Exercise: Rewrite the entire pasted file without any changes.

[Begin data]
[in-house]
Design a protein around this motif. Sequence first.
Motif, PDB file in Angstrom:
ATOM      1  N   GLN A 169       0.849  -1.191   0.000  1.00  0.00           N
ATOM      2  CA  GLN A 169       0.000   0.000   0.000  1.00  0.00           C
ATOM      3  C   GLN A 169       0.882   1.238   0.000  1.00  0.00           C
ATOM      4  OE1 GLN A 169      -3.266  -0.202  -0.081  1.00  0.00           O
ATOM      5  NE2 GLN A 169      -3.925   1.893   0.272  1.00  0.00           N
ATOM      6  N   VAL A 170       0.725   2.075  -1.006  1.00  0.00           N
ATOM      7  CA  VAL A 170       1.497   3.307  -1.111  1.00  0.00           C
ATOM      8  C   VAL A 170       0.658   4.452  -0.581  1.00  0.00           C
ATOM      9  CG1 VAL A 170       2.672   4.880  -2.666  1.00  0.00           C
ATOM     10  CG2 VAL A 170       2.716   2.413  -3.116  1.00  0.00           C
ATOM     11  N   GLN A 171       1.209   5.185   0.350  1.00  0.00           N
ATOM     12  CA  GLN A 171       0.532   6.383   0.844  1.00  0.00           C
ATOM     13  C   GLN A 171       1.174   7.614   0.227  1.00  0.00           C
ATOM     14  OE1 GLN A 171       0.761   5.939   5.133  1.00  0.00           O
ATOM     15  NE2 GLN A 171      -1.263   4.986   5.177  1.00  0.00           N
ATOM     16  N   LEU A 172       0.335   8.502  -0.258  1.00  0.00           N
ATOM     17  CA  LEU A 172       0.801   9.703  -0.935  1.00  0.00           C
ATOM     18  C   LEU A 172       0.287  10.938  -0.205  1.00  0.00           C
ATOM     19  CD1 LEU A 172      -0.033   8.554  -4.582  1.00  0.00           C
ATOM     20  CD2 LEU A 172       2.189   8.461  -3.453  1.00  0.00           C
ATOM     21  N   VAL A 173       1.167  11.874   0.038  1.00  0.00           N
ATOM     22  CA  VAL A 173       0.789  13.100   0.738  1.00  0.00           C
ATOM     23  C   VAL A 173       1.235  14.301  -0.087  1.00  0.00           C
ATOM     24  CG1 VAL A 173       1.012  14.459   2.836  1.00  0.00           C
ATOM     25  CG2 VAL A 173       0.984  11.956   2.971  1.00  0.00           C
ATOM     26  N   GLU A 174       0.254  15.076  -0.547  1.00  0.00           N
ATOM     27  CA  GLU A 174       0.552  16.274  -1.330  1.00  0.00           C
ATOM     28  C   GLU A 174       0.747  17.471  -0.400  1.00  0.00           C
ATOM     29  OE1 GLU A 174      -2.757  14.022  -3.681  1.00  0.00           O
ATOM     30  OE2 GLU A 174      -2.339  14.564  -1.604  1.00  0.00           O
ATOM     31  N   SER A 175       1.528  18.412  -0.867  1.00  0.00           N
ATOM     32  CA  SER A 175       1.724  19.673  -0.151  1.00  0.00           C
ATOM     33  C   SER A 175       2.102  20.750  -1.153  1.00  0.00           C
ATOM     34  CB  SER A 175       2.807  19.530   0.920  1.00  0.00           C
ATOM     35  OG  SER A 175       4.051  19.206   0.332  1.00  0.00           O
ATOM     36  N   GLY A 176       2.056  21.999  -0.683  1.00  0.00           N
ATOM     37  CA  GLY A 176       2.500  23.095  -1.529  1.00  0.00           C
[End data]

[in-house]
Design a protein around this motif. Sequence first.
Motif, PDB file in Angstrom:
ATOM      1  N   GLN A 169       0.849  -1.191   0.000  1.00  0.00           N
ATOM      2  CA  GLN A 169       0.000   0.000   0.000  1.00  0.00           C
ATOM      3  C   GLN A 169       0.882   1.238   0.000  1.00  0.00           C
ATOM      4  OE1 GLN A 169      -3.266  -0.202  -0.081  1.00  0.00           O
ATOM      5  NE2 GLN A 169      -3.925   1.893   0.272  1.00  0.00           N
ATOM      6  N   VAL A 170       0.725   2.075  -1.006  1.00  0.00           N
ATOM      7  CA  VAL A 170       1.497   3.307  -1.111  1.00  0.00           C
ATOM      8  C   VAL A 170       0.658   4.452  -0.581  1.00  0.00           C
ATOM      9  CG1 VAL A 170       2.672   4.880  -2.666  1.00  0.00           C
ATOM     10  CG2 VAL A 170       2.716   2.413  -3.116  1.00  0.00           C
ATOM     11  N   GLN A 171       1.209   5.185   0.350  1.00  0.00           N
ATOM     12  CA  GLN A 171       0.532   6.383   0.844  1.00  0.00           C
ATOM     13  C   GLN A 171       1.174   7.614   0.227  1.00  0.00           C
ATOM     14  OE1 GLN A 171       0.761   5.939   5.133  1.00  0.00           O
ATOM     15  NE2 GLN A 171      -1.263   4.986   5.177  1.00  0.00           N
ATOM     16  N   LEU A 172       0.335   8.502  -0.258  1.00  0.00           N
ATOM     17  CA  LEU A 172       0.801   9.703  -0.935  1.00  0.00           C
ATOM     18  C   LEU A 172       0.287  10.938  -0.205  1.00  0.00           C
ATOM     19  CD1 LEU A 172      -0.033   8.554  -4.582  1.00  0.00           C
ATOM     20  CD2 LEU A 172       2.189   8.461  -3.453  1.00  0.00           C
ATOM     21  N   VAL A 173       1.167  11.874   0.038  1.00  0.00           N
ATOM     22  CA  VAL A 173       0.789  13.100   0.738  1.00  0.00           C
ATOM     23  C   VAL A 173       1.235  14.301  -0.087  1.00  0.00           C
ATOM     24  CG1 VAL A 173       1.012  14.459   2.836  1.00  0.00           C
ATOM     25  CG2 VAL A 173       0.984  11.956   2.971  1.00  0.00           C
ATOM     26  N   GLU A 174       0.254  15.076  -0.547  1.00  0.00           N
ATOM     27  CA  GLU A 174       0.552  16.274  -1.330  1.00  0.00           C
ATOM     28  C   GLU A 174       0.747  17.471  -0.400  1.00  0.00           C
ATOM     29  OE1 GLU A 174      -2.757  14.022  -3.681  1.00  0.00           O
ATOM     30  OE2 GLU A 174      -2.339  14.564  -1.604  1.00  0.00           O
ATOM     31  N   SER A 175       1.528  18.412  -0.867  1.00  0.00           N
ATOM     32  CA  SER A 175       1.724  19.673  -0.151  1.00  0.00           C
ATOM     33  C   SER A 175       2.102  20.750  -1.153  1.00  0.00           C
ATOM     34  CB  SER A 175       2.807  19.530   0.920  1.00  0.00           C
ATOM     35  OG  SER A 175       4.051  19.206   0.332  1.00  0.00           O
ATOM     36  N   GLY A 176       2.056  21.999  -0.683  1.00  0.00           N
ATOM     37  CA  GLY A 176       2.500  23.095  -1.529  1.00  0.00           C